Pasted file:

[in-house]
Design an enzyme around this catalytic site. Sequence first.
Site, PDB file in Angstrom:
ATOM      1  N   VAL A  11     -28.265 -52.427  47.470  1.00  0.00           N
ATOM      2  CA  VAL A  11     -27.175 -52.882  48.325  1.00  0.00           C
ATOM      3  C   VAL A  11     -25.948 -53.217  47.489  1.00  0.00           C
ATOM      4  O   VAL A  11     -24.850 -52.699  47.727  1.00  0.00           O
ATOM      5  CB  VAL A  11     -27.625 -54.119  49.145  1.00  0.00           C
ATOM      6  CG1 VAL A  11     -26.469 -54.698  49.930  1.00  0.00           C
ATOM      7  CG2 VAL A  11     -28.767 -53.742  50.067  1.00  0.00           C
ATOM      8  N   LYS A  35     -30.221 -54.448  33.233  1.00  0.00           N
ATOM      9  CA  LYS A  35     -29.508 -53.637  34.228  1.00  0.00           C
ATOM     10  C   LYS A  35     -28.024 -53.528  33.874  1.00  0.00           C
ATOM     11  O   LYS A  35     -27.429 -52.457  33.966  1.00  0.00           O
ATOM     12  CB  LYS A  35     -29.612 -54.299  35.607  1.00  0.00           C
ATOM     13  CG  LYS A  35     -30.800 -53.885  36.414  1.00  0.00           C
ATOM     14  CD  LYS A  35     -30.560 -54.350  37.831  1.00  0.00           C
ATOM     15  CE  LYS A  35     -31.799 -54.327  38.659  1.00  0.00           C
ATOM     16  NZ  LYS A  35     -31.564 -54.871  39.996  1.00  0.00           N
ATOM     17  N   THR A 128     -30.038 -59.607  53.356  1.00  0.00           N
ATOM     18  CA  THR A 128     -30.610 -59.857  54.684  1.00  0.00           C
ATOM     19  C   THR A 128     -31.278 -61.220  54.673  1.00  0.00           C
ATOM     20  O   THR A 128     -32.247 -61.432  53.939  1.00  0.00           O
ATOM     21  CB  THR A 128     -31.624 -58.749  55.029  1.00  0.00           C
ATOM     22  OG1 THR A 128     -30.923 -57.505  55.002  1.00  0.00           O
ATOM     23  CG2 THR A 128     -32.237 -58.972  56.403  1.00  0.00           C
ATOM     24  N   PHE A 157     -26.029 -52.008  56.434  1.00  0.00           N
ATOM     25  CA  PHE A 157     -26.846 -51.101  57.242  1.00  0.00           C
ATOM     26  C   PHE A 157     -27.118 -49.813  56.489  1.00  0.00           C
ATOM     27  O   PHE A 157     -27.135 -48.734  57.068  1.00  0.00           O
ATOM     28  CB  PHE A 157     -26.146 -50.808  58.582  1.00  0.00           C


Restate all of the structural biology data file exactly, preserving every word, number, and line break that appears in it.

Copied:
[in-house]
Design an enzyme around this catalytic site. Sequence first.
Site, PDB file in Angstrom:
ATOM      1  N   VAL A  11     -28.265 -52.427  47.470  1.00  0.00           N
ATOM      2  CA  VAL A  11     -27.175 -52.882  48.325  1.00  0.00           C
ATOM      3  C   VAL A  11     -25.948 -53.217  47.489  1.00  0.00           C
ATOM      4  O   VAL A  11     -24.850 -52.699  47.727  1.00  0.00           O
ATOM      5  CB  VAL A  11     -27.625 -54.119  49.145  1.00  0.00           C
ATOM      6  CG1 VAL A  11     -26.469 -54.698  49.930  1.00  0.00           C
ATOM      7  CG2 VAL A  11     -28.767 -53.742  50.067  1.00  0.00           C
ATOM      8  N   LYS A  35     -30.221 -54.448  33.233  1.00  0.00           N
ATOM      9  CA  LYS A  35     -29.508 -53.637  34.228  1.00  0.00           C
ATOM     10  C   LYS A  35     -28.024 -53.528  33.874  1.00  0.00           C
ATOM     11  O   LYS A  35     -27.429 -52.457  33.966  1.00  0.00           O
ATOM     12  CB  LYS A  35     -29.612 -54.299  35.607  1.00  0.00           C
ATOM     13  CG  LYS A  35     -30.800 -53.885  36.414  1.00  0.00           C
ATOM     14  CD  LYS A  35     -30.560 -54.350  37.831  1.00  0.00           C
ATOM     15  CE  LYS A  35     -31.799 -54.327  38.659  1.00  0.00           C
ATOM     16  NZ  LYS A  35     -31.564 -54.871  39.996  1.00  0.00           N
ATOM     17  N   THR A 128     -30.038 -59.607  53.356  1.00  0.00           N
ATOM     18  CA  THR A 128     -30.610 -59.857  54.684  1.00  0.00           C
ATOM     19  C   THR A 128     -31.278 -61.220  54.673  1.00  0.00           C
ATOM     20  O   THR A 128     -32.247 -61.432  53.939  1.00  0.00           O
ATOM     21  CB  THR A 128     -31.624 -58.749  55.029  1.00  0.00           C
ATOM     22  OG1 THR A 128     -30.923 -57.505  55.002  1.00  0.00           O
ATOM     23  CG2 THR A 128     -32.237 -58.972  56.403  1.00  0.00           C
ATOM     24  N   PHE A 157     -26.029 -52.008  56.434  1.00  0.00           N
ATOM     25  CA  PHE A 157     -26.846 -51.101  57.242  1.00  0.00           C
ATOM     26  C   PHE A 157     -27.118 -49.813  56.489  1.00  0.00           C
ATOM     27  O   PHE A 157     -27.135 -48.734  57.068  1.00  0.00           O
ATOM     28  CB  PHE A 157     -26.146 -50.808  58.582  1.00  0.00           C